The pioneering work of Bellugi and her collaborators initially pointed to some clear-cut dissociations in the cognitive architecture of WS. Language and face processing appeared to be surprisingly preserved in the face of both general retardation and particularly serious problems with visuo-spatial cognition, number, planning, and problem solving (Bellugi et al. 1994). Researchers in the ﬁeld of WS have been fairly cautious about their claims, referring to relative strengths and weaknesses rather than absolute ones (Bellugi et al. 1999, Karmiloff-Smith 1998, Klein & Mervis 1999, Mervis 1999, Tager-Flusberg et al. 1998, Vicari et al. 1996, Volterra et al. 1996). By contrast, secondary sources cited in writings by linguists, developmental psychologists, neuropsychologists of adult brain damage, and philosophers have often used Williams syndrome to bolster claims about innate and independently functioning modules, some of which are purportedly intact and others impaired (e.g., Pinker 1994, 1999). This stems from the view that the pattern of behavioral performance found in the phenotypic outcome is a direct window on the purported innately speciﬁed, modular structure of the cognitive architecture of the brain (Baron-Cohen 1998, Leslie 1992, Temple 1997). Such reasoning treats the genetically impaired brain as if it were a normal brain with parts intact and parts impaired, ignoring the dynamic role of genetic mutation in interaction with environmental input in fostering overall brain growth. This has been particularly the case with studies of autism and Williams syndrome, in which cognitive impairments in older children and adults have been used to make claims about gene expression, in the absence of studies of the starting state in infants.
Recent studies of infants, children, and adults with WS strongly suggest that the starting state cannot be simply inferred from the phenotypic outcome (Paterson et al. 1999). Infants with WS were compared with chronological (CA) and mental-age (MA) matched infants with Down syndrome (DS), as well as MA and CA-matched typically developing controls. Despite the fact that WS adults perform signiﬁcantly better than DS adults on vocabulary tasks, WS infants are as seriously impaired on vocabulary tasks as are DS infants. Moreover, despite WS adults having signiﬁcantly worse problems with judging numerosities in adulthood than DS adults and control groups, WS infants perform normally, like the CA-controls, and signiﬁcantly better than DS infants. In other words, the patterns obtaining in infancy turn out to be the opposite of the patterns in adulthood, pointing to the importance of the dynamics of developmental trajectories over time, rather than a static view of the infant starting state and the phenotypic outcome.
Even in cases where the phenotypic outcome seems to display spared performance, in-depth analyses suggest that people with WS process inputs via different cognitive processes (Karmiloff-Smith 1998). In the domain of vocabulary, individuals with WS do not obey the same lexical constraints as normal controls when learning new words. In the domain of syntax, WS adults tend to display patterns typical of much younger children rather than intact performance (Klein and Mervis 1999). For example, it has been claimed that individuals with WS have intact regular past tense formation of verbs, alongside impaired associative lexical processes (Clahsen and Almazan 1998). Recent research challenges this claim in that once verbal mental age is taken into account, WS patients display no selective deﬁcit for irregular verbs (Thomas et al. 2001). Speciﬁcally, the WS data can be placed on the normal developmental pathway found in much younger subjects. These various results are consistent with the hypothesis that the WS language system is seriously delayed because it has developed under different constraints.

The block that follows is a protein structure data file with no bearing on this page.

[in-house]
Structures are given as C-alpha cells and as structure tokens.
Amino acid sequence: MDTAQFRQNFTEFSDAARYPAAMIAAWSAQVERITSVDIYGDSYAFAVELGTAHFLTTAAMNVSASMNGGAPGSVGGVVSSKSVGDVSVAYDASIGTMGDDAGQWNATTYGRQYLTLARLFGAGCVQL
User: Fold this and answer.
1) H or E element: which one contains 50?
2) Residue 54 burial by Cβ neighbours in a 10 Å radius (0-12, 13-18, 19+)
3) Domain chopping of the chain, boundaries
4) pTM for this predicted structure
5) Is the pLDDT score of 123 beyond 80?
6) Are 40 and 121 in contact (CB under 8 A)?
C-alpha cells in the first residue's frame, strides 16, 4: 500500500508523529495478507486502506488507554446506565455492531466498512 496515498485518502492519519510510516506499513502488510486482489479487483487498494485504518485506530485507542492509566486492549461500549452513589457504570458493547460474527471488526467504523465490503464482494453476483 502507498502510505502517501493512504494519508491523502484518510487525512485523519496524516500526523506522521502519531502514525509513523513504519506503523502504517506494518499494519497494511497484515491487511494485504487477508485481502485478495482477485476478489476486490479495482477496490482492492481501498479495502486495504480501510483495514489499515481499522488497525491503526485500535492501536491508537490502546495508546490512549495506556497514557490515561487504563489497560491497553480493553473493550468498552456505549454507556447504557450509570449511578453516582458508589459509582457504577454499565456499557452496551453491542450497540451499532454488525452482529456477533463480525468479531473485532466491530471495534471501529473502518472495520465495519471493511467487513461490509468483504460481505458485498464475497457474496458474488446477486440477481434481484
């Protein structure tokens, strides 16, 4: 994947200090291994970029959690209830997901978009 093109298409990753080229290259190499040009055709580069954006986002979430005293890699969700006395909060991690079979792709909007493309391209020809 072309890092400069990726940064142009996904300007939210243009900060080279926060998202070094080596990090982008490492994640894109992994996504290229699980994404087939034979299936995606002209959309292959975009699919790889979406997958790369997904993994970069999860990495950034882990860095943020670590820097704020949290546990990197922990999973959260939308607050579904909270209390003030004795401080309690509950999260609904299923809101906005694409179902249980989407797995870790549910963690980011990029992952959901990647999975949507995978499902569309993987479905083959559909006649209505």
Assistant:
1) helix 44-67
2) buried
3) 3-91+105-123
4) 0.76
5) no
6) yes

WS language is not simply delayed, however. Several studies now suggest that there is an imbalance in WS at different times in development between phonology and semantics (Karmiloff-Smith 1998, Thomas et al. 2001). For example, when WS participants monitor sentences for a target word, they do not show sensitivity to certain sentential violations, suggesting that in WS semantic information may become available too slowly to be integrated with the online processing of syntax. A study of reading in WS came to similar conclusions about the weak role of semantics in learning to read new words. The WS group displayed equal levels of reading for both concrete and abstract words. By contrast, the controls found concrete, imageable words much easier to read. In general, imageability effects have been shown to be weaker in people with WS (Karmiloff-Smith 1998). A more recent study by Vicari and his colleagues demonstrated that, compared to normal controls, word learning is superior in WS if the auditory presentation of a word is accompanied by the simultaneous presentation of a photograph depicting the object (Vicari et al. 2000). This seems to be because, unlike normal controls, people with WS are defective in spontaneously forming a visual (semantic) image of auditorily presented words. Finally, when learning new spoken words and despite a vocabulary test age of 8, people with WS behave like 4–5 year olds, and do not show the pattern typical from 6 years onwards in the normal population. Like very young children, WS patients are less inﬂuenced by the semantics of the real words that the nonce terms resemble. Rather, they rely more on phonology. Taken together, a variety of studies suggest that, unlike typical development, phonological representations are at times stronger than semantic representations in their inﬂuence on the way in which WS language develops.